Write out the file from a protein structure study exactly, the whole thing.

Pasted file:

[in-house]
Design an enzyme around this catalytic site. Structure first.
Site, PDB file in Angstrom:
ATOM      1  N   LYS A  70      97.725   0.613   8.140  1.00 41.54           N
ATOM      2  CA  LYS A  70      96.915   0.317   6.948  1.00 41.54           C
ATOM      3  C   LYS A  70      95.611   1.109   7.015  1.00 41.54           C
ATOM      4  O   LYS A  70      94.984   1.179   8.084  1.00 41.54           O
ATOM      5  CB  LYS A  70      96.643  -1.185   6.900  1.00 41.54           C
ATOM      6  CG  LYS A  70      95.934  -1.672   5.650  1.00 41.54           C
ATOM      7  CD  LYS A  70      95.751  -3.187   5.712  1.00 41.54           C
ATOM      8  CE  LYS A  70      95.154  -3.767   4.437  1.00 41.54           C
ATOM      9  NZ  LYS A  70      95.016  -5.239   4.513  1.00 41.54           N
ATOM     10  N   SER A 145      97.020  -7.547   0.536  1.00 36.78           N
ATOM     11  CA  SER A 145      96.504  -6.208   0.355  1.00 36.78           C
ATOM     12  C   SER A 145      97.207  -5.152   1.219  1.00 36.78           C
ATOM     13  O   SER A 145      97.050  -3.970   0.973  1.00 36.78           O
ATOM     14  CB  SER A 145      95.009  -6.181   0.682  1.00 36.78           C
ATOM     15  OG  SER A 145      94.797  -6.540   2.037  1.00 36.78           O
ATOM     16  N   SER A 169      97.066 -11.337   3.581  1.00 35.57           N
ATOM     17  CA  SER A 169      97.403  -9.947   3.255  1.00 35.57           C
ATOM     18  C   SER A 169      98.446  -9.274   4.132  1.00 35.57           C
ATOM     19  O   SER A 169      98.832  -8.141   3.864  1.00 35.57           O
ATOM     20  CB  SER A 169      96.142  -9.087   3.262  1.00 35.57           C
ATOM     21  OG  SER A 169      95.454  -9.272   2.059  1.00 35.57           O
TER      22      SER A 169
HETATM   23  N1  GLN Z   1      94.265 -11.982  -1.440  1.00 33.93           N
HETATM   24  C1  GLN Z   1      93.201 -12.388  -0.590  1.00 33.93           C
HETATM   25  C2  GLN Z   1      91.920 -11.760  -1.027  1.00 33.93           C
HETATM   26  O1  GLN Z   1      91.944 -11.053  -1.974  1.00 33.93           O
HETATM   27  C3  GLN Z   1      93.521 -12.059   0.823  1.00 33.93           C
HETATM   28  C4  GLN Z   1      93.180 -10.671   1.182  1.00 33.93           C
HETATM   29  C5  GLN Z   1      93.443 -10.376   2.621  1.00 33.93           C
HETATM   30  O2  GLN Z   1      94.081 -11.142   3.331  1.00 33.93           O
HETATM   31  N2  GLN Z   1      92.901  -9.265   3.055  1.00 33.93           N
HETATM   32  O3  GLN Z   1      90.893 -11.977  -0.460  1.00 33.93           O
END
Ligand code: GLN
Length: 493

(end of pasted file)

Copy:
[in-house]
Design an enzyme around this catalytic site. Structure first.
Site, PDB file in Angstrom:
ATOM      1  N   LYS A  70      97.725   0.613   8.140  1.00 41.54           N
ATOM      2  CA  LYS A  70      96.915   0.317   6.948  1.00 41.54           C
ATOM      3  C   LYS A  70      95.611   1.109   7.015  1.00 41.54           C
ATOM      4  O   LYS A  70      94.984   1.179   8.084  1.00 41.54           O
ATOM      5  CB  LYS A  70      96.643  -1.185   6.900  1.00 41.54           C
ATOM      6  CG  LYS A  70      95.934  -1.672   5.650  1.00 41.54           C
ATOM      7  CD  LYS A  70      95.751  -3.187   5.712  1.00 41.54           C
ATOM      8  CE  LYS A  70      95.154  -3.767   4.437  1.00 41.54           C
ATOM      9  NZ  LYS A  70      95.016  -5.239   4.513  1.00 41.54           N
ATOM     10  N   SER A 145      97.020  -7.547   0.536  1.00 36.78           N
ATOM     11  CA  SER A 145      96.504  -6.208   0.355  1.00 36.78           C
ATOM     12  C   SER A 145      97.207  -5.152   1.219  1.00 36.78           C
ATOM     13  O   SER A 145      97.050  -3.970   0.973  1.00 36.78           O
ATOM     14  CB  SER A 145      95.009  -6.181   0.682  1.00 36.78           C
ATOM     15  OG  SER A 145      94.797  -6.540   2.037  1.00 36.78           O
ATOM     16  N   SER A 169      97.066 -11.337   3.581  1.00 35.57           N
ATOM     17  CA  SER A 169      97.403  -9.947   3.255  1.00 35.57           C
ATOM     18  C   SER A 169      98.446  -9.274   4.132  1.00 35.57           C
ATOM     19  O   SER A 169      98.832  -8.141   3.864  1.00 35.57           O
ATOM     20  CB  SER A 169      96.142  -9.087   3.262  1.00 35.57           C
ATOM     21  OG  SER A 169      95.454  -9.272   2.059  1.00 35.57           O
TER      22      SER A 169
HETATM   23  N1  GLN Z   1      94.265 -11.982  -1.440  1.00 33.93           N
HETATM   24  C1  GLN Z   1      93.201 -12.388  -0.590  1.00 33.93           C
HETATM   25  C2  GLN Z   1      91.920 -11.760  -1.027  1.00 33.93           C
HETATM   26  O1  GLN Z   1      91.944 -11.053  -1.974  1.00 33.93           O
HETATM   27  C3  GLN Z   1      93.521 -12.059   0.823  1.00 33.93           C
HETATM   28  C4  GLN Z   1      93.180 -10.671   1.182  1.00 33.93           C
HETATM   29  C5  GLN Z   1      93.443 -10.376   2.621  1.00 33.93           C
HETATM   30  O2  GLN Z   1      94.081 -11.142   3.331  1.00 33.93           O
HETATM   31  N2  GLN Z   1      92.901  -9.265   3.055  1.00 33.93           N
HETATM   32  O3  GLN Z   1      90.893 -11.977  -0.460  1.00 33.93           O
END
Ligand code: GLN
Length: 493